The transformation of '60 Minutes' -- now the place for swooning, softball interviews

CBS News' Steve Kroft made a statement Monday that totally epitomizes liberal media bias in the modern era.

Speaking to CNN's Piers Morgan about his interview with Barack Obama and Hillary Clinton on the previous evening's "60 Minutes," Kroft said the president likes doing his show because "he knows that we're not going to play gotcha with him":

PIERS MORGAN, CNN HOST: And joining me now is 60 Minutes correspondent Steve Kroft. Steve, welcome to you.

STEVE KROFT, CBS NEWS: Thank you, Piers. Nice to be here.

MORGAN: I want to thank you for getting every single Obama interview that I’ve been trying to get in the last two years on CNN first of all.

More On This...

KROFT: I’ve done a lot.

MORGAN: [Laughs]. Let me ask you at the top, why do you think he keeps coming to you? Because there’s two schools of thought. One is that you're the most brilliant, penetrating interviewer on American television, and the other one is that you give him a soft time, neither of which I suspect is entirely the true picture.

Actually, I imagine most right-thinking Americans believe Obama continues to do interviews with Kroft because he gives him “a soft time.”

Somewhat surprisingly, Kroft agrees:

STEVE KROFT: No, I think that first of all, I think he likes 60 Minutes. It’s, you know, we have a huge audience. We have a format that suits him. It's long. We can do twelve minutes or 24 minutes. We do a, you know, we do a good job of editing. And I’ve been doing these interviews with him since a few weeks before he declared his candidacy. So I covered him during the campaign and have kept doing it in the White House.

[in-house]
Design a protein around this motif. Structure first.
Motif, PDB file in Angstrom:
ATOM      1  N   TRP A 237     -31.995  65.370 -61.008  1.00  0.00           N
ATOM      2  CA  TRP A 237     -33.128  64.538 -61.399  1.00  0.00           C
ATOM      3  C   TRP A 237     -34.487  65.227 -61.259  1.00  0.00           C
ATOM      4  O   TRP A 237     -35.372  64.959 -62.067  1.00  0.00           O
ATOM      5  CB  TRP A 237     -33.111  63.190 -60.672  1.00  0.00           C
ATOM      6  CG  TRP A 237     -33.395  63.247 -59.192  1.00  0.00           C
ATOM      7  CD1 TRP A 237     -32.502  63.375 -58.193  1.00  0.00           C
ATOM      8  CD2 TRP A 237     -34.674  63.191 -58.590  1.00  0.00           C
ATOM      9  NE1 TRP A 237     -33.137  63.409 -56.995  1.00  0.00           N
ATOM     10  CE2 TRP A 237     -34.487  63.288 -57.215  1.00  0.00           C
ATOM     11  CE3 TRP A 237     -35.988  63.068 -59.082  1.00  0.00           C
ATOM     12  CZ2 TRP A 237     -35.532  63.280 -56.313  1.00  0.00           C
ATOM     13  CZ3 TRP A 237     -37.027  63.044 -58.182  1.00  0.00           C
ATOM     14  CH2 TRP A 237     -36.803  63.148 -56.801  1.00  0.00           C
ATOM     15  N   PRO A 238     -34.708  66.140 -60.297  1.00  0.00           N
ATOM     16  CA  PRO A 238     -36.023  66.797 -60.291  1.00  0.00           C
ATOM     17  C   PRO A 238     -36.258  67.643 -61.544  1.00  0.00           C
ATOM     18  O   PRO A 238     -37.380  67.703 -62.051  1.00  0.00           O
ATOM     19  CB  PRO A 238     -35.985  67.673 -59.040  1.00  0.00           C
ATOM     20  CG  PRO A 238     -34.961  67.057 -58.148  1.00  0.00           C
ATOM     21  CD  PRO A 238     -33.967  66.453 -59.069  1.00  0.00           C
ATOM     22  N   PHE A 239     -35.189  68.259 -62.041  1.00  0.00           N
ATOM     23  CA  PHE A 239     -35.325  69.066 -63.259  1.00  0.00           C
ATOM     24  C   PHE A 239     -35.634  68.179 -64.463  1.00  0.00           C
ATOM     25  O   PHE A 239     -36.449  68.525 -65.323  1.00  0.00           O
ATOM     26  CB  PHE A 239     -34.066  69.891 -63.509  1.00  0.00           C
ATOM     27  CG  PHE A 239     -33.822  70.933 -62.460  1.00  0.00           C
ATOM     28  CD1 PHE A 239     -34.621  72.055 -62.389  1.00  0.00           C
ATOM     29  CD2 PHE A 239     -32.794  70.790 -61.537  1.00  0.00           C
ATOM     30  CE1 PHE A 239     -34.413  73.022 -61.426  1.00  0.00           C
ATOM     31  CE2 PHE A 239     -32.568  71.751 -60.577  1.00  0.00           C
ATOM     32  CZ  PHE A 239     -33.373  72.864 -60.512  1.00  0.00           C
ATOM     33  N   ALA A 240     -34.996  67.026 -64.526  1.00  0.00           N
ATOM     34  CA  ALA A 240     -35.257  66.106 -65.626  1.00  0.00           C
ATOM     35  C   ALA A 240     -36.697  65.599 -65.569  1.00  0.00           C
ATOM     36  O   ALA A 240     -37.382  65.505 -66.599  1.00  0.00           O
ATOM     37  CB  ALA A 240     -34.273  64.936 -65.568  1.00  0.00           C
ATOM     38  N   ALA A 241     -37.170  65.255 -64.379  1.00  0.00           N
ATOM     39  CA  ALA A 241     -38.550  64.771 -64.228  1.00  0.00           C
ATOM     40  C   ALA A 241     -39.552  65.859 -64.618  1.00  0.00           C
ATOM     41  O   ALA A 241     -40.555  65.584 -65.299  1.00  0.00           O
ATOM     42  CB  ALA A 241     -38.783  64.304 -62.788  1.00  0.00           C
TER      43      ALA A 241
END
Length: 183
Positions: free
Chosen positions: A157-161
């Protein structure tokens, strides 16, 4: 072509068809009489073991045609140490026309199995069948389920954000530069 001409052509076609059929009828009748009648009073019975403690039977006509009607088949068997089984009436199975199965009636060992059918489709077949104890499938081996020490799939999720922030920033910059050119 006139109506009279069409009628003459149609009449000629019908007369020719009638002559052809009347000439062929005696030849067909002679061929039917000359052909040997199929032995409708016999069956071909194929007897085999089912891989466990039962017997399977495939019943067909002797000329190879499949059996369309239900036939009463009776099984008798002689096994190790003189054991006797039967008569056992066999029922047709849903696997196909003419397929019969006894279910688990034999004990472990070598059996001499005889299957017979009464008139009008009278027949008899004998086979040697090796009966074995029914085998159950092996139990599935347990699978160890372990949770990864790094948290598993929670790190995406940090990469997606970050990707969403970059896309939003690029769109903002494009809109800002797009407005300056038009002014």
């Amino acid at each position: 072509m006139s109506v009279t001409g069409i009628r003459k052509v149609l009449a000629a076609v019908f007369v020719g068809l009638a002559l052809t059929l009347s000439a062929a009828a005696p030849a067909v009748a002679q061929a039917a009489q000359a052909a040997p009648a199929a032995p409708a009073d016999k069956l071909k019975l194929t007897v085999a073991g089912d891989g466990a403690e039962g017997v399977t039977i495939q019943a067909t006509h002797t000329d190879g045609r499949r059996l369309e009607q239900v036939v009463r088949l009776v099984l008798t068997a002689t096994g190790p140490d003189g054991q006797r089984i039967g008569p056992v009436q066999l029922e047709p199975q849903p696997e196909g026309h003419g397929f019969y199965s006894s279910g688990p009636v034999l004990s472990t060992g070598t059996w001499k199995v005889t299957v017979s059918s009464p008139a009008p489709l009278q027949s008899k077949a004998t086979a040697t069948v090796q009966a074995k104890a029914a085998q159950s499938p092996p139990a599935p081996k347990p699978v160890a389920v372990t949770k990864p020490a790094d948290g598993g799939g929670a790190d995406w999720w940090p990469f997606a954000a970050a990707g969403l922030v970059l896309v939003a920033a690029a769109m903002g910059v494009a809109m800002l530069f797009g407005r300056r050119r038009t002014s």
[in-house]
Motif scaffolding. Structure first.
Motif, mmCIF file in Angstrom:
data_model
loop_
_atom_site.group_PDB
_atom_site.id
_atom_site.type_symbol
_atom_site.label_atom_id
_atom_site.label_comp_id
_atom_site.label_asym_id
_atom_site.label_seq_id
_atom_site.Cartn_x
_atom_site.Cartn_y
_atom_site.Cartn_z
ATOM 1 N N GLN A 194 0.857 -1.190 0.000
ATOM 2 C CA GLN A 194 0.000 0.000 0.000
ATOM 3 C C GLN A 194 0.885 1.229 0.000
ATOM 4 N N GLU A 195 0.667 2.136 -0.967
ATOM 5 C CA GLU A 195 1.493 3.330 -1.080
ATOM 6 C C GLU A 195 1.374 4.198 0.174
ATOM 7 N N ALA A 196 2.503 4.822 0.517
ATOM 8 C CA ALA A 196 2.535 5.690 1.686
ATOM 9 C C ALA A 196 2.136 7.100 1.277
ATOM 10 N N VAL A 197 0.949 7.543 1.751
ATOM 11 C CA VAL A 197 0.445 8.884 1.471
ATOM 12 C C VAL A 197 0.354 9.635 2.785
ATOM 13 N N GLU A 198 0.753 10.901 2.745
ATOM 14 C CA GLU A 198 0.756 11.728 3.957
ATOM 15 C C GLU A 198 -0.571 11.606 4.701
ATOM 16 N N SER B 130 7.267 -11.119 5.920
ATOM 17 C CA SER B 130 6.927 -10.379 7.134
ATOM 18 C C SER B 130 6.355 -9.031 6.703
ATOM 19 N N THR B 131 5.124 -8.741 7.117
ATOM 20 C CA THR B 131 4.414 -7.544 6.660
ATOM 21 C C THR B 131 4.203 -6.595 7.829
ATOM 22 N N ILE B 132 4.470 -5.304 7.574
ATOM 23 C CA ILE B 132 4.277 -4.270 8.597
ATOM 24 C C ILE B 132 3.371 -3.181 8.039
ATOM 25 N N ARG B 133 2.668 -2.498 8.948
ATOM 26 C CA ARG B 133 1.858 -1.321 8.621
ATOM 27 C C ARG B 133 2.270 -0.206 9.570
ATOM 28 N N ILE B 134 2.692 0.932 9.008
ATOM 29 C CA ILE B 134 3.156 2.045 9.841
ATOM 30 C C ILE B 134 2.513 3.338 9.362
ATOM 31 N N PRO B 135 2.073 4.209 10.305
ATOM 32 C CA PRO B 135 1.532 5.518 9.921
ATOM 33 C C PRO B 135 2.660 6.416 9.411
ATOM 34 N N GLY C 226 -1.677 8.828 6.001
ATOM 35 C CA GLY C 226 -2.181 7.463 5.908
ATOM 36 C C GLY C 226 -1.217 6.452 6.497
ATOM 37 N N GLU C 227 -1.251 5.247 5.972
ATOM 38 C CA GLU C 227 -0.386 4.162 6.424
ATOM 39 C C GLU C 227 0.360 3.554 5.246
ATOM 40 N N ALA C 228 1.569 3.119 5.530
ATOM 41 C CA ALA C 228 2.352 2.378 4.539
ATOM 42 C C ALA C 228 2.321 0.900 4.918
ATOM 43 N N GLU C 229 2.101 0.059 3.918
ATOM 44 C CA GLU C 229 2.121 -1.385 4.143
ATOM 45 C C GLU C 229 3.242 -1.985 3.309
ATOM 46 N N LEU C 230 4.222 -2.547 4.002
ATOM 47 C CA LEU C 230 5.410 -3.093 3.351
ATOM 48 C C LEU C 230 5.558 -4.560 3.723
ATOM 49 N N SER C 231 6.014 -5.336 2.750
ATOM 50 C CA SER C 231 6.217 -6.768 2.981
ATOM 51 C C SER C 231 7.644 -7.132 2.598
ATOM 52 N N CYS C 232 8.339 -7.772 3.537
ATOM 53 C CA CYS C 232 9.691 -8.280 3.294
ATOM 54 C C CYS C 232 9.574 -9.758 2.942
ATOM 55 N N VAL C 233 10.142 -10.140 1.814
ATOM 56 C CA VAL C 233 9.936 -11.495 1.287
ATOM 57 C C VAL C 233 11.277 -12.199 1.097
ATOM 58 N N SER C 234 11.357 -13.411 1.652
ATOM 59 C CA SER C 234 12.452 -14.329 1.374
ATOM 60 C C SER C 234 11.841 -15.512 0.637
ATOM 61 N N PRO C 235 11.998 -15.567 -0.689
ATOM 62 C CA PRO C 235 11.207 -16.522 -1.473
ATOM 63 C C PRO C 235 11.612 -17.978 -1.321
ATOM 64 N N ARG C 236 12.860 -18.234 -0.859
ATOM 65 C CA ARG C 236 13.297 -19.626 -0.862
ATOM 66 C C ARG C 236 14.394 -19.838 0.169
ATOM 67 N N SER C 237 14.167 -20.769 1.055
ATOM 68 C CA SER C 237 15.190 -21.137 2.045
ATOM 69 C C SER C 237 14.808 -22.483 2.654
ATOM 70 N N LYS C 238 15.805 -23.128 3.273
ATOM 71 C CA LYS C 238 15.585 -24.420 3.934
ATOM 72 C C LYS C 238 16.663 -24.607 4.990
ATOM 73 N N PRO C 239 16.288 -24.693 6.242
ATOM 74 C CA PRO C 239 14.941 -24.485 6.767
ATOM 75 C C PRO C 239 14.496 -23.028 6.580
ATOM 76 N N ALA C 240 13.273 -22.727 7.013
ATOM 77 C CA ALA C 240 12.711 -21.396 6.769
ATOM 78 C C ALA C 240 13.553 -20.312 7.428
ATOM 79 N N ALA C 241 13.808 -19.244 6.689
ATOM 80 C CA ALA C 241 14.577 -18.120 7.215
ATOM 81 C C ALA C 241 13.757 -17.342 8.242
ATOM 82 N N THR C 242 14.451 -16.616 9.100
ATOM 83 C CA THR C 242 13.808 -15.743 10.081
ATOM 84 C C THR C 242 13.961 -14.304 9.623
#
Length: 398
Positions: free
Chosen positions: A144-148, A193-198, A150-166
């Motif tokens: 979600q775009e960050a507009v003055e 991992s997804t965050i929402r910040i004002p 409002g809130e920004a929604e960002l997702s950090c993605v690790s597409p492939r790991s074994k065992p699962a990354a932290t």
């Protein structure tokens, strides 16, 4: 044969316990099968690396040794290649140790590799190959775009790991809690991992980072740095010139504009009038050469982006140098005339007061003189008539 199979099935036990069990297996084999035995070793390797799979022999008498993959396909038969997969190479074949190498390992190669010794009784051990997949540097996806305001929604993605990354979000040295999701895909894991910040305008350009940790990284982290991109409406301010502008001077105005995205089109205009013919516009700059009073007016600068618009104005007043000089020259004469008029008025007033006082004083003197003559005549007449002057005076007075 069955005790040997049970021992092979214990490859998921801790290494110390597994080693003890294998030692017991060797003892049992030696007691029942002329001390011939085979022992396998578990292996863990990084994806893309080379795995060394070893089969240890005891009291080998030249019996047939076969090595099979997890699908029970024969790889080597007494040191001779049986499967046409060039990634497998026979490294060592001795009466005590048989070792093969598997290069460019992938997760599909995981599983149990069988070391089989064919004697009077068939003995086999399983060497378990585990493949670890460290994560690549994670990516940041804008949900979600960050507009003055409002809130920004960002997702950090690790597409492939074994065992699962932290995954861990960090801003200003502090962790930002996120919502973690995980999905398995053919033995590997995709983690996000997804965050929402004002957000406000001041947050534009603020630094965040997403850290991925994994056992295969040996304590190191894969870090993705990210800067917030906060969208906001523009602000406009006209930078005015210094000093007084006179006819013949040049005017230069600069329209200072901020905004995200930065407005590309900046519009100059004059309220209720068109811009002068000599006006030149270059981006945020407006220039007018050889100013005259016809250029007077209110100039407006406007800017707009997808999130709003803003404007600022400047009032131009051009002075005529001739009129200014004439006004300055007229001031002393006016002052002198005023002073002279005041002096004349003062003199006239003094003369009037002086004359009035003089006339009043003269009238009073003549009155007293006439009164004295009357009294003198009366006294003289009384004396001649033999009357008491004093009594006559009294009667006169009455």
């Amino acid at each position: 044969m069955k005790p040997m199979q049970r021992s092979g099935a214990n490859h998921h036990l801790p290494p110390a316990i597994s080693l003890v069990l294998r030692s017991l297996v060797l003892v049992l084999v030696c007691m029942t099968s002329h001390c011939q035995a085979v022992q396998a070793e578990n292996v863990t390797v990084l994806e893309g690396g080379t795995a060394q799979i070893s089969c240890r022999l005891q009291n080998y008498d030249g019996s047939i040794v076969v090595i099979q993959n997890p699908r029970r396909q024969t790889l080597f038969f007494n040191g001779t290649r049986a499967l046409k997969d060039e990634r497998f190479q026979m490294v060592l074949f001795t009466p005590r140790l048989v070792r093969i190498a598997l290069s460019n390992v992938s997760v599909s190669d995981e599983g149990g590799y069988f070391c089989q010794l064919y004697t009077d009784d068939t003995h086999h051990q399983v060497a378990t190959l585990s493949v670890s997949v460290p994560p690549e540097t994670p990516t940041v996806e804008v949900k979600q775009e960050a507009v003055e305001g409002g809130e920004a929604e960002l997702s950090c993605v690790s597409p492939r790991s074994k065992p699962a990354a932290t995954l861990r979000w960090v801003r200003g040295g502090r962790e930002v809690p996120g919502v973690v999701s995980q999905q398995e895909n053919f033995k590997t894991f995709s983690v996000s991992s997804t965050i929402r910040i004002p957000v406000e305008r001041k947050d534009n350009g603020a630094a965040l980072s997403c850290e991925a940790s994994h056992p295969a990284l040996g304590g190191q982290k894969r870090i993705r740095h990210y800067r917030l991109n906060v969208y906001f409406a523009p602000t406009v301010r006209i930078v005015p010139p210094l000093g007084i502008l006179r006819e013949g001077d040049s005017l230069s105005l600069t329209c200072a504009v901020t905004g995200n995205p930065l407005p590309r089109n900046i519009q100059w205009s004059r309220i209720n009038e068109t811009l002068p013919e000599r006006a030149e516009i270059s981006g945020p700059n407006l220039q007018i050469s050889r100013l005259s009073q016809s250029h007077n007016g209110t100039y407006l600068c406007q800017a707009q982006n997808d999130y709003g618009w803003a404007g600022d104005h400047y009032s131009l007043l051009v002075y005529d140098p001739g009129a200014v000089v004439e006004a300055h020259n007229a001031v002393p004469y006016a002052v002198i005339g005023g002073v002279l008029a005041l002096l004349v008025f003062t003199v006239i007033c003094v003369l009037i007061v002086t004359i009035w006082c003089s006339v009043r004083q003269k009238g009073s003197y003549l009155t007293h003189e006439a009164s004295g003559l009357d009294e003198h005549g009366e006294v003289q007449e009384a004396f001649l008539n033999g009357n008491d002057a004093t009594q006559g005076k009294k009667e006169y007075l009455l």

But I think it's a question of fairness. I, we have not, I think he knows that we're not going to play gotcha with him, that we're not going to go out of our way to make him look bad or stupid, and we'll let him answer the questions.

So Kroft thinks his job is to not make the president look bad or stupid, and to ask questions that won't be perceived as "gotcha"?

Remember when 60 Minutes was a tough, hard-hitting program that backed guests against the wall in search of the truth?

How about in 2004 when shortly before Election Day, "60 Minutes II" aired a segment that included a forged document involving President George W. Bush?

That might have been one of the biggest media gotchas in television history.

Or how about in January 2007 when Scott Pelley interviewed the same President Bush asking him questions such as:

• "The war on terror, in a sense, began in this room, began in this cabin where your Cabinet meeting was held. Back then the whole country was with you. And now you seem to have lost them. Why do you think so?"

• "But wasn't it your administration that created the instability in Iraq?"

• "Do you believe as commander-in-chief you have the authority to put the troops in there no matter what the Congress wants to do?"

• "You know better than I do that many Americans feel that your administration has not been straight with the country, has not been honest. To those people you say what? Like the weapons of mass destruction? No credible connection between 9/11 and Iraq."

• "I wonder if you feel like you've been ill-served by your Cabinet members, Defense Secretary Donald Rumsfeld, perhaps even Vice-President Dick Cheney. Wrong on WMD. Wrong on the connection between 9/11 and Iraq. And now you're in a fix. And I wonder if you look back and wonder who let you down."

I guess those kinds of questions are no longer appropriate on "60 Minutes," at least when the current occupant of the White House and his staff are present.

No wonder Obama likes doing this current iteration of gotcha-less "60 Minutes."